The Geese are a local "indie-folk" band, who I’ve photographed on previous occasions. In fact one of my photos graces their first CD, back when they were just a 3-piece band.
They were performing at The Mill Sessions on Friday past, so we needed a photo of them for the collection (see others under the label "Mill Sessions").
My comfort zone is photographing people one at a time. Once numbers start becoming plural, the difficulties multiply exponentially. The more people there are, the more chance one of them will be blinking, looking the wrong way, obscuring someone else or pulling a dodgy face.
Time was limited as there’d been a mix up in communication, and I had far less than I’d have liked, as they had to go and sound check with Marcus, who was recording the session.
The upshot of all this was when I got back home to look at the results, I discovered I didn’t have a single shot where they were all looking at the camera and no one was laughing, moving, or obscuring someone else.
Fortunately over the years I’ve become reasonably adept at using Photoshop so was able to take different heads from different shots and merge them together. This final image, then, is actually an amalgamation of about 4 photos. However, I know from talking to other professional photographers, this kind of thing goes on all the time. At least I wasn’t removing wrinkles or making anyone look slimmer.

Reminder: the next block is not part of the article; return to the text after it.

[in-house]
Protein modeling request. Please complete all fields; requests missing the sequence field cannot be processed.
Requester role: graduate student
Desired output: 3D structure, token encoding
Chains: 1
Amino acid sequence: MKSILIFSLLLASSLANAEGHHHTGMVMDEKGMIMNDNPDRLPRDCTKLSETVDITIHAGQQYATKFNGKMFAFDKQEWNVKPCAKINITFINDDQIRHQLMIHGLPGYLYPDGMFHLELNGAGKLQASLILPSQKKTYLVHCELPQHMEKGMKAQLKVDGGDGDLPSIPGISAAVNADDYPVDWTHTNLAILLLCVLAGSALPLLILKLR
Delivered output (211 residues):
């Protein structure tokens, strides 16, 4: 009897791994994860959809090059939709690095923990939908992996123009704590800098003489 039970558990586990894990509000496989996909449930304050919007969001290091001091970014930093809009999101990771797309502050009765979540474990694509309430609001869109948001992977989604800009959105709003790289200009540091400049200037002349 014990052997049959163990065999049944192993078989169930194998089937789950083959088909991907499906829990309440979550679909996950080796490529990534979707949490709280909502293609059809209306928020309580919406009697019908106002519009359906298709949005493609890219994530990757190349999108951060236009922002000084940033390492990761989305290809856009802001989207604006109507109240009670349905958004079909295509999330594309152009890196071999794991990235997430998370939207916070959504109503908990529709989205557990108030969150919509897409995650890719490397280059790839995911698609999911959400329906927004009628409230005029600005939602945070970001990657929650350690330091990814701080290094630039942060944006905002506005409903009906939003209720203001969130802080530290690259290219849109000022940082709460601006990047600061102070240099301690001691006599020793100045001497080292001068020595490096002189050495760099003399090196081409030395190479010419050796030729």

Filming proved to be a bit problematic too. I was sitting only 4 or 5 feet in front of them - which is great for an intimate live performance, but not so good trying to fit all the band members into the screen. So I had to have the wide-angle lens on the camera, set at the most extreme I could. Unfortunately, the result of this is everyone’s somewhat distorted.
However, if you can forgive the visuals, this song is one of my favourites, and does give quite a good sense of the style of The Geese. It’s called “Trade Not Aid” and is about a man who is drowning but when he calls for help, the person on the shore who can throw him the lifebelt tells him helping him for free could set up a culture of dependency, so he should trade something for the help instead.
For more info about The Geese, visit their Facebook page here: